5 | Tandem

Designed to offer banking services suited specifically to millennials, Tandem plans to provide current accounts, credit cards, and loans by the end of the year. The company has had trouble attracting funding, which is why it will not be able to launch savings accounts for the time being.

Nonetheless, it has raised £100 million to finance its other services. Once it launches its main services, Tandem plans to differentiate itself as a company that helps its clients manage their money responsibly. This will make it invaluable to young customers seeking financial independence.

4 | Starling Bank

Like Monzo, Starling Bank is designing its own mobile banking platform, but it has the benefit of having raised more than three times as much startup capital.

The company currently has £70 million, much of which it received from the angel investor Harald McPike. Starling’s focus is on helping its customers manage their money more effectively, notably by sending them alerts when they are about to perform activities that will incur fees.

Its platform also offers comprehensive information on spending, transfers, and accounts, with updates in real time.

3 | Atom Bank

Originally offering fixed savings accounts and loans for small and medium enterprises, Atom Bank recently expanded into residential mortgages, obtaining its license to offer two-year fixed rate loans in December of 2016.

The company currently has £135 million to finance its activities, and plans to raise £100 million more in the near future. It also has access to a network of 800 mortgage providers. The only major downside to Atom Bank is its platform.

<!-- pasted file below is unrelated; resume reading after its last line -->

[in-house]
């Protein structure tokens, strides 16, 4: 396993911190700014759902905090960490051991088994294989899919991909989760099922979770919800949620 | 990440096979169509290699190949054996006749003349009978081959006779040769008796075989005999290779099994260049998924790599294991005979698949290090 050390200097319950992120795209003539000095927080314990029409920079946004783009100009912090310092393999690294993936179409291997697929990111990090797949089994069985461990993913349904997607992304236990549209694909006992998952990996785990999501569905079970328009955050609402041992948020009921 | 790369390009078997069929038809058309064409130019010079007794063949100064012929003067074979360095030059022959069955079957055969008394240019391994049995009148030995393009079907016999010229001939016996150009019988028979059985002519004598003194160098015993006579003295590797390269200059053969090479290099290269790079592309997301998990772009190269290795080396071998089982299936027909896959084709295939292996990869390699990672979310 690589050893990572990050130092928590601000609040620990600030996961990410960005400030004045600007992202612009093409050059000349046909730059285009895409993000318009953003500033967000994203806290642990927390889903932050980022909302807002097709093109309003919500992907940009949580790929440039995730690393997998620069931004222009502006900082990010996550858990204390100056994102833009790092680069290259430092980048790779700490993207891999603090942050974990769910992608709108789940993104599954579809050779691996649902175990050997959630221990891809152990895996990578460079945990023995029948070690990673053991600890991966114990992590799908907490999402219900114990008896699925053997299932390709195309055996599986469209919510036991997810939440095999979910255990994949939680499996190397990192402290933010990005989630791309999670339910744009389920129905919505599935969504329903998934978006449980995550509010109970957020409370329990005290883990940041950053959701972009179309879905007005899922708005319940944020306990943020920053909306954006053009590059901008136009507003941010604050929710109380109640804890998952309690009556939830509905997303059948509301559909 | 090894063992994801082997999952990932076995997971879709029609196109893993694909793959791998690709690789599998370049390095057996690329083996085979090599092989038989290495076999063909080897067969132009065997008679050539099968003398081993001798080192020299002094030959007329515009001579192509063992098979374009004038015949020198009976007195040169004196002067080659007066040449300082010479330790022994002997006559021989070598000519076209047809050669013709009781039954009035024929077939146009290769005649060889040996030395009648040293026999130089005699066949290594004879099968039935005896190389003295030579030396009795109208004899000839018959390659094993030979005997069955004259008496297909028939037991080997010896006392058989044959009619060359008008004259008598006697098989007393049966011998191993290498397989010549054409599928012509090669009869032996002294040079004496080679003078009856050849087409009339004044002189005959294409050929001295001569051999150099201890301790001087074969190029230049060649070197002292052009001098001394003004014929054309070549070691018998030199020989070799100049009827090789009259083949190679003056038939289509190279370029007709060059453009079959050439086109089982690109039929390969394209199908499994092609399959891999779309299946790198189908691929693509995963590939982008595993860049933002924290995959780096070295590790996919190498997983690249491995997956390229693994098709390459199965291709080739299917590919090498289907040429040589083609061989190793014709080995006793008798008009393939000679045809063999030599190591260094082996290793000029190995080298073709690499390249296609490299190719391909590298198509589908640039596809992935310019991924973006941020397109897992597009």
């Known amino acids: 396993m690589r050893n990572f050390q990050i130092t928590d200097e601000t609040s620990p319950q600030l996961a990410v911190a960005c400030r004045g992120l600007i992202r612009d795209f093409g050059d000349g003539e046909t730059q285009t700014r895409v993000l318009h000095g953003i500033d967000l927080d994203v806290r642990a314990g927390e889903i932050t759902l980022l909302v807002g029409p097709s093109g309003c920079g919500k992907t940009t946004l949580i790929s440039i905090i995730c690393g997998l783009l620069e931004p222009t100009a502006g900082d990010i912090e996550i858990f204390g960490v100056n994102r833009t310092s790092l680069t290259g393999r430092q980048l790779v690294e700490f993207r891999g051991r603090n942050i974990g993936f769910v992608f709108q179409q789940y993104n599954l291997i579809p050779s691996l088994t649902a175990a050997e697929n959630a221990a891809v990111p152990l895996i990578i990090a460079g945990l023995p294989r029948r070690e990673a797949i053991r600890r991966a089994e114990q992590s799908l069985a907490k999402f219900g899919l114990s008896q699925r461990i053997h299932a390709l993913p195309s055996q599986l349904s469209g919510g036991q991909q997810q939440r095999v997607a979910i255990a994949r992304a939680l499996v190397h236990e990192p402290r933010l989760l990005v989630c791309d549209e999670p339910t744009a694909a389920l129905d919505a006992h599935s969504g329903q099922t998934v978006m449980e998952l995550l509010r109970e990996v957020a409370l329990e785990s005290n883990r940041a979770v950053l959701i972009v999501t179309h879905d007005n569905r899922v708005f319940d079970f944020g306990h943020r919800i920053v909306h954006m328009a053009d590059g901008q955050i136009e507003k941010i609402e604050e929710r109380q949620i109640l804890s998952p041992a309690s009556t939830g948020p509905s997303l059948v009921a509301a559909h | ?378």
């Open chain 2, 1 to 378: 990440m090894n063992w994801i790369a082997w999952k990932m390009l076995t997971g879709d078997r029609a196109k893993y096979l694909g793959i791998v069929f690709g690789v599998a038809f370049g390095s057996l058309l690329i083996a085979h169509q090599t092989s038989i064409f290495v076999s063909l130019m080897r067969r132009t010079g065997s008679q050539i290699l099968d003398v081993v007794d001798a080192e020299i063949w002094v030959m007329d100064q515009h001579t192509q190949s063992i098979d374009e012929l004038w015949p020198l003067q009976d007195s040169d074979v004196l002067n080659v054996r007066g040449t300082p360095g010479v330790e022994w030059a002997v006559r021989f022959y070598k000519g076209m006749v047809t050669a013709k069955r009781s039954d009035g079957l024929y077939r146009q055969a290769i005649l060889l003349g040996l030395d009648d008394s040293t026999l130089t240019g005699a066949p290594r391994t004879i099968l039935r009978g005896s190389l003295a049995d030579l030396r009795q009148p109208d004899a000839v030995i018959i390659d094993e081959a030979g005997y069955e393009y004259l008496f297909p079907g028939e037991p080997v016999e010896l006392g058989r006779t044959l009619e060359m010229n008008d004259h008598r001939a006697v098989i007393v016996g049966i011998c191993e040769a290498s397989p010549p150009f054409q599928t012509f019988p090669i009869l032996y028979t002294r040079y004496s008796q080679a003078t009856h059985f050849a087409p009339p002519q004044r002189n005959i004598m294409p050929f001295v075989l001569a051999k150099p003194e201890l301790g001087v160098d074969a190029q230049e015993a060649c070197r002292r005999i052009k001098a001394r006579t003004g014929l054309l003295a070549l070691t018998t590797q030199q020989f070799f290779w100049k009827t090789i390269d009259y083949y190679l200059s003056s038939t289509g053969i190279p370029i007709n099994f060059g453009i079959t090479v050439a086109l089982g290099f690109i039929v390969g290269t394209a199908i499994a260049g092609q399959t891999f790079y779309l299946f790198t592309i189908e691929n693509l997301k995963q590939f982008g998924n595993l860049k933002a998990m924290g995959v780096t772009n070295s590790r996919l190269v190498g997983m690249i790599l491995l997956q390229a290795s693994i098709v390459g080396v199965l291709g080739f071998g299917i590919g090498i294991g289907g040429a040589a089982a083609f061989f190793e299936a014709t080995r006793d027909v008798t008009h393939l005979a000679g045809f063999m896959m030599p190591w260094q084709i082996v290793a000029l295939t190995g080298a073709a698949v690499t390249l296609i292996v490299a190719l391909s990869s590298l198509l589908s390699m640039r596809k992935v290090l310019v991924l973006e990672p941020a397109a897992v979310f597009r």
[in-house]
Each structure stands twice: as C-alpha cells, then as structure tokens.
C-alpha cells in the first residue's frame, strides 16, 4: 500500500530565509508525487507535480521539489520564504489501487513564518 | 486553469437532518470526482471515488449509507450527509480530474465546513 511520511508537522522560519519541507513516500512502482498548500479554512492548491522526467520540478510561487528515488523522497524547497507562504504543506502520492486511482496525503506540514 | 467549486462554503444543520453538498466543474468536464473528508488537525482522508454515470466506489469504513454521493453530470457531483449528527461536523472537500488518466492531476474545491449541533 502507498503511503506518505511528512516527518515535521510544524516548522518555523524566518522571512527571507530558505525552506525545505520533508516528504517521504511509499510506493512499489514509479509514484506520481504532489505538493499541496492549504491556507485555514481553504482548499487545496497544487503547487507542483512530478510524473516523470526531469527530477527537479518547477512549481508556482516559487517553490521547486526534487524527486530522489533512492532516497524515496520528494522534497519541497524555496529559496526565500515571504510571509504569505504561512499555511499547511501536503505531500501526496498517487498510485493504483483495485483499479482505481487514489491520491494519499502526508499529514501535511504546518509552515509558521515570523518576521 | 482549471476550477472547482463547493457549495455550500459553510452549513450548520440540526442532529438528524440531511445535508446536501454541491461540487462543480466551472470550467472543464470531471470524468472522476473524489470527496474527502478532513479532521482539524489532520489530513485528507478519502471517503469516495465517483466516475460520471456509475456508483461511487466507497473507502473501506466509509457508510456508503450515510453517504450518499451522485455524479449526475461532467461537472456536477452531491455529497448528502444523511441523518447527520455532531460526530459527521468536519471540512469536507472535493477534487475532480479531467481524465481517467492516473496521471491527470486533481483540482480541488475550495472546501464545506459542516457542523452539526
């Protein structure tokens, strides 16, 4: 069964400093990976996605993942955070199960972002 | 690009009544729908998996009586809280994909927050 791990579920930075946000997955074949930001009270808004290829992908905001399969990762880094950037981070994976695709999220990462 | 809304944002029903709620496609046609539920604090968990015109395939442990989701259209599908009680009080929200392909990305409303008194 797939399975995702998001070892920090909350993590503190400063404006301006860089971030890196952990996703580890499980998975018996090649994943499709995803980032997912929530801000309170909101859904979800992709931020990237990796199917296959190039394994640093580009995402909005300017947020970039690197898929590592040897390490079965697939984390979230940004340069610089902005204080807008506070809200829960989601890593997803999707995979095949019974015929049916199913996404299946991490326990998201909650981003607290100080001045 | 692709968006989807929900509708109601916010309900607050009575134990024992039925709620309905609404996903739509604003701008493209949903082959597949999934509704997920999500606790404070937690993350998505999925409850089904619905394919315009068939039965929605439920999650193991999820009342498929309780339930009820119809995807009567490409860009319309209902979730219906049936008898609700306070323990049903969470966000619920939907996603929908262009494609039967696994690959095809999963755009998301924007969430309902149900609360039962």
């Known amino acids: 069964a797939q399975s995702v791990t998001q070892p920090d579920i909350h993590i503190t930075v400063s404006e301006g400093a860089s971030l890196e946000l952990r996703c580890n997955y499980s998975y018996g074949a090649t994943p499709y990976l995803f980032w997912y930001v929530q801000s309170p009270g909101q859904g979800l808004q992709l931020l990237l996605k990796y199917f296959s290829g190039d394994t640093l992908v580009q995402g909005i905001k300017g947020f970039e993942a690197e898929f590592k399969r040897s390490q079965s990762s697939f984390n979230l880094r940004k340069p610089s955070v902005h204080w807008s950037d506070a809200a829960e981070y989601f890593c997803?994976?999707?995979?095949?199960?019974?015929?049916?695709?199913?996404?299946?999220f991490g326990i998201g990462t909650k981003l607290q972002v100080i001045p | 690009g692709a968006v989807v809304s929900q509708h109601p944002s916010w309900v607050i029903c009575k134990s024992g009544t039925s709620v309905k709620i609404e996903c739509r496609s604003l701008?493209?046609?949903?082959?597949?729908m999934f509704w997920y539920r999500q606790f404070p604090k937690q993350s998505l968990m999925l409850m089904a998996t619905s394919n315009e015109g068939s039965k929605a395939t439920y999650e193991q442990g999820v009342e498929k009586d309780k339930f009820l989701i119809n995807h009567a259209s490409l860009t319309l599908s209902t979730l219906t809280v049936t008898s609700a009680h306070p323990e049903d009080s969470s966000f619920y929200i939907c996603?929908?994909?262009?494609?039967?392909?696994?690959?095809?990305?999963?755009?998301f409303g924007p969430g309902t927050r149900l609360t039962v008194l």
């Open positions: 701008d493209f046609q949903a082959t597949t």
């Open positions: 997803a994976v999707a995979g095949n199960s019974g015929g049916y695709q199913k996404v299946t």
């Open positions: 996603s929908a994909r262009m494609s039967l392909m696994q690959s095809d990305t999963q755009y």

Rather than developing its own stack, the company relies on existing software from FIS, limiting its ability to provide personalised services.

2 | Zopa

Founded in 2005, Zopa is designed to connect individual lenders with others who need loans. It has already facilitated £2 billion in loans through such peer-to-peer financial services.

It is now looking to expand its mobile services to include more traditional banking, and applied for a license in late 2016. Its experience handling large quantities of money and vast network of contacts gives it enormous potential as a bank.

1 | The Contis Group

Starting out in 2007 as a prepay company, Contis expanded into e-money services in 2010, debit cards in 2012, and full banking in 2016. What sets it apart from competing challengers, and puts it in first place on our list, is its superior banking platform, which offers comprehensive information on card payments, transfers, and accounts for a variety of mobile devices.

The Contis Group’s platform is so successful that other challenger banks, including Monese, have chosen to rely on it rather than develop their own.